Tuesday, October 16, 2018

New York Stories #2: The Accessibility Project

    You can't go to New York and not see a sign that, well, just encapsulates its attitudinal, 24-hours-a-day, go-go-go sensibility.
    For years, there was that wonderful, "Don't even THINK of parking here."
   Or this update on the familiar handicapped access sign. I never considered just how static the neutral human figure in that chair really was until I saw this. Just as Chicago can seem like a hopping place until you hit New York.
     As with all good graphics, the second you see it, you know what it is intended to convey: that disability and dynamic action are not incompatible.
     Of course there is a story behind this symbol. It isn't exactly new.  Newish.
Showing its age
     The original "International Symbol of Access" was created in the 1968 by Danish design student Susan Koefoed.  Around 2010, the Accessible Icon Project began collecting more dynamic symbols, such as those at the MOMA and Marshalls, of all places, which showed a speeding wheelchair with little motion bars.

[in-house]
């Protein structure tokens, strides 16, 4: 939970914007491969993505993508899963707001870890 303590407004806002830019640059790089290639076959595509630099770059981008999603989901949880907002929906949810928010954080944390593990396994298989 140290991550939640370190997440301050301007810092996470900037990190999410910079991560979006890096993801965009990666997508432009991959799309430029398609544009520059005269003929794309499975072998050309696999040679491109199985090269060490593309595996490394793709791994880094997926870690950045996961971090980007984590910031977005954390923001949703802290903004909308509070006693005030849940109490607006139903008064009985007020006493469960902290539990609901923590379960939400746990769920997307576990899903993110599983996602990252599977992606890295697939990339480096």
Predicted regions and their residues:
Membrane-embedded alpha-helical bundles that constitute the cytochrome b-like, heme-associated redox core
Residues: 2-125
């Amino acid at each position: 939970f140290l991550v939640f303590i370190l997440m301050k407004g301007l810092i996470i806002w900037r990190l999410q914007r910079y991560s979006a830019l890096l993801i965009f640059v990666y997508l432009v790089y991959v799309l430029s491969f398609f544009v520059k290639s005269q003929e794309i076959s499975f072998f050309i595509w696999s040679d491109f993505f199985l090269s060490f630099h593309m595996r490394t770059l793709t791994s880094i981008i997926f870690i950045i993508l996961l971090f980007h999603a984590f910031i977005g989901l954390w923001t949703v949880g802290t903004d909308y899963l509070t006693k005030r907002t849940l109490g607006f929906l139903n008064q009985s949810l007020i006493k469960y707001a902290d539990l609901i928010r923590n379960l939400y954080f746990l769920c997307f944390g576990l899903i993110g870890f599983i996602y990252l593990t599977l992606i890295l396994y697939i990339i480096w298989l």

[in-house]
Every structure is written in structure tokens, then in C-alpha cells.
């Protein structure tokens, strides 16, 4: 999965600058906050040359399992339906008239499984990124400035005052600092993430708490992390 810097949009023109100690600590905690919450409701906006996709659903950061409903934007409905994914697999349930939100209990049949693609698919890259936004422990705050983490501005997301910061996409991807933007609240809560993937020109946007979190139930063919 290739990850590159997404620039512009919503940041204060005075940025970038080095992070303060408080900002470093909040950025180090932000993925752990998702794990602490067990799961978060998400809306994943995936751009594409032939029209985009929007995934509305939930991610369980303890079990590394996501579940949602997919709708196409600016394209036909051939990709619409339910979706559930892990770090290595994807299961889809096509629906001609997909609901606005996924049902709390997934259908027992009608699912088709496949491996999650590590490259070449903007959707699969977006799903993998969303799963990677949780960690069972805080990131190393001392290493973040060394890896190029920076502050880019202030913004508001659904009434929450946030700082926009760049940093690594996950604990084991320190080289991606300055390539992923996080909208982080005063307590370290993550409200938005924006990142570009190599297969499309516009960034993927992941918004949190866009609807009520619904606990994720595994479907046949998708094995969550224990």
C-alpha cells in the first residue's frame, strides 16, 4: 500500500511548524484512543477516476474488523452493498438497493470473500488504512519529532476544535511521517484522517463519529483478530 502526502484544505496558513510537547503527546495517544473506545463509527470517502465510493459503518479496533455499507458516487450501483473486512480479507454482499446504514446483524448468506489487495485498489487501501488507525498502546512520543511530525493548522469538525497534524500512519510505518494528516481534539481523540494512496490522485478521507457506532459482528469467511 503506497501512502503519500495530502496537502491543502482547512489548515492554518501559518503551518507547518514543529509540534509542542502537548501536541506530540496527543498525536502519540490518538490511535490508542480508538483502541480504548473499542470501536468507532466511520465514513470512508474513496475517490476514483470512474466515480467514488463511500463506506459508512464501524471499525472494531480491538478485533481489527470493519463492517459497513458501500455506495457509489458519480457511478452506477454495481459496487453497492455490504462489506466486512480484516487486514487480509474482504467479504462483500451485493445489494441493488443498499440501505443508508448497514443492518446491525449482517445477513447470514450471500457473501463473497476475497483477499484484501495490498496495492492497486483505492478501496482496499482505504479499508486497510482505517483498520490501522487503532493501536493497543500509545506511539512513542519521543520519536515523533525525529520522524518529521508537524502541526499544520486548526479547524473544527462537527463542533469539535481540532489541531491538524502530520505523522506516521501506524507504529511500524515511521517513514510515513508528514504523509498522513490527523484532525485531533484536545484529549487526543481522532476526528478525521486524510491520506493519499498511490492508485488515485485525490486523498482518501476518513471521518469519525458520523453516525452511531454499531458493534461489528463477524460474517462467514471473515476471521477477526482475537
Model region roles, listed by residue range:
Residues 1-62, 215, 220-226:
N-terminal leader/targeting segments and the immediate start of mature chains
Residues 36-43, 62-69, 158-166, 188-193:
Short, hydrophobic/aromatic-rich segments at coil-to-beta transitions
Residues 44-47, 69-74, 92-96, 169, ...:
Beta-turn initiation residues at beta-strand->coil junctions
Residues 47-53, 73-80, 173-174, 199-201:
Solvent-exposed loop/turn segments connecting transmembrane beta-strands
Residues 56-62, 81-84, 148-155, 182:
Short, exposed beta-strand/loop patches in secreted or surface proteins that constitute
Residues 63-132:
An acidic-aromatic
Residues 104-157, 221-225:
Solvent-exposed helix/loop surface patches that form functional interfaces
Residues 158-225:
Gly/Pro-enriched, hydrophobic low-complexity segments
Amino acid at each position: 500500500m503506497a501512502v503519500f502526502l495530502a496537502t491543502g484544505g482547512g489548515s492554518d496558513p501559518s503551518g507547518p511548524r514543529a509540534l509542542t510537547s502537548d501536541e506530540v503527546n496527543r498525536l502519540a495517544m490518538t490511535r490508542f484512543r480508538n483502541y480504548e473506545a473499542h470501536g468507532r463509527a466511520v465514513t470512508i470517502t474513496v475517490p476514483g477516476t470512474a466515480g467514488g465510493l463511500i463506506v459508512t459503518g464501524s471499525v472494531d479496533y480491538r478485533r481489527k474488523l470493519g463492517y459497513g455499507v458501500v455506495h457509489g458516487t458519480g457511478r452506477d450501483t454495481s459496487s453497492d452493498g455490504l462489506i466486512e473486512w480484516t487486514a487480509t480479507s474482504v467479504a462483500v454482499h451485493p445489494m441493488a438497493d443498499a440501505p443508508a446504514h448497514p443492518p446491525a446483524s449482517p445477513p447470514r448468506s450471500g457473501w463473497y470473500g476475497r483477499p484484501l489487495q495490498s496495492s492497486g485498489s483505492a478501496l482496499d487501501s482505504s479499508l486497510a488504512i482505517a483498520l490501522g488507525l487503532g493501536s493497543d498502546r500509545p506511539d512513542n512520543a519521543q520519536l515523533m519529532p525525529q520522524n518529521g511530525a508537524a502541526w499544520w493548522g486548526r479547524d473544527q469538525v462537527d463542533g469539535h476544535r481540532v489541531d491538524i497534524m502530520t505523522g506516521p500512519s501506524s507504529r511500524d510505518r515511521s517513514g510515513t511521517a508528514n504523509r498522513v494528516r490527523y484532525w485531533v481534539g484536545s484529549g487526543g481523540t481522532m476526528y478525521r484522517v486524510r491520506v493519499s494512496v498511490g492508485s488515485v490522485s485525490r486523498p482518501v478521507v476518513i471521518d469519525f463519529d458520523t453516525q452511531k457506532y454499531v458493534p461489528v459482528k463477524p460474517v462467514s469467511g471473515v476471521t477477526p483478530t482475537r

Since then, they've been promoting the updated logo as a kind of guerrilla art project, slapping new versions over existing signs.
     Progress is slow. The status quo has its own weight and momentum. Despite eight years of promotion, the old symbol still predominates—I'd never seen the new one until I came to New York—New York state officially adopted the more active logo for its public buildings in 2014.
     Still, this seems like the future. Something you can't embrace if you don't know about.


  1. I have not yet seen the "dynamic action" handicapped-access symbol. It makes me visualize a handicapped Mets fan, racing down the platform to catch a Number 7 train to the ballpark. That signage fairly screams out: "NEW YORK!"

  2. Looks good, now. Not sure it would have been instantly understood when the symbol was first seen. Maybe I'm influenced by the original sign itself, more than the reality of a person in a wheelchair, but the original looks more like our impression of the wheelchair bound. Subsequent sights of chair racers and other athletes inform the new sign, a positive symbol most would agree.

  3. I'm amazed at how a few lines can represent so much. The original design by Koefoed apparently depicted the wheel chair only; the addition of the little ball at the top made it human while retaining the wheel chair image. And now the tiny changes in the new design not only make it more dynamic, but advance the humanity of the image as well. Would be a delight to hear more about the design of stick figures as communication.


  4. As I read I get the sense that I'm visiting the great metropolis. It's good to travel without leaving your chair, and etremely less expensive. Another perk of being a loyal follower of EGDD.


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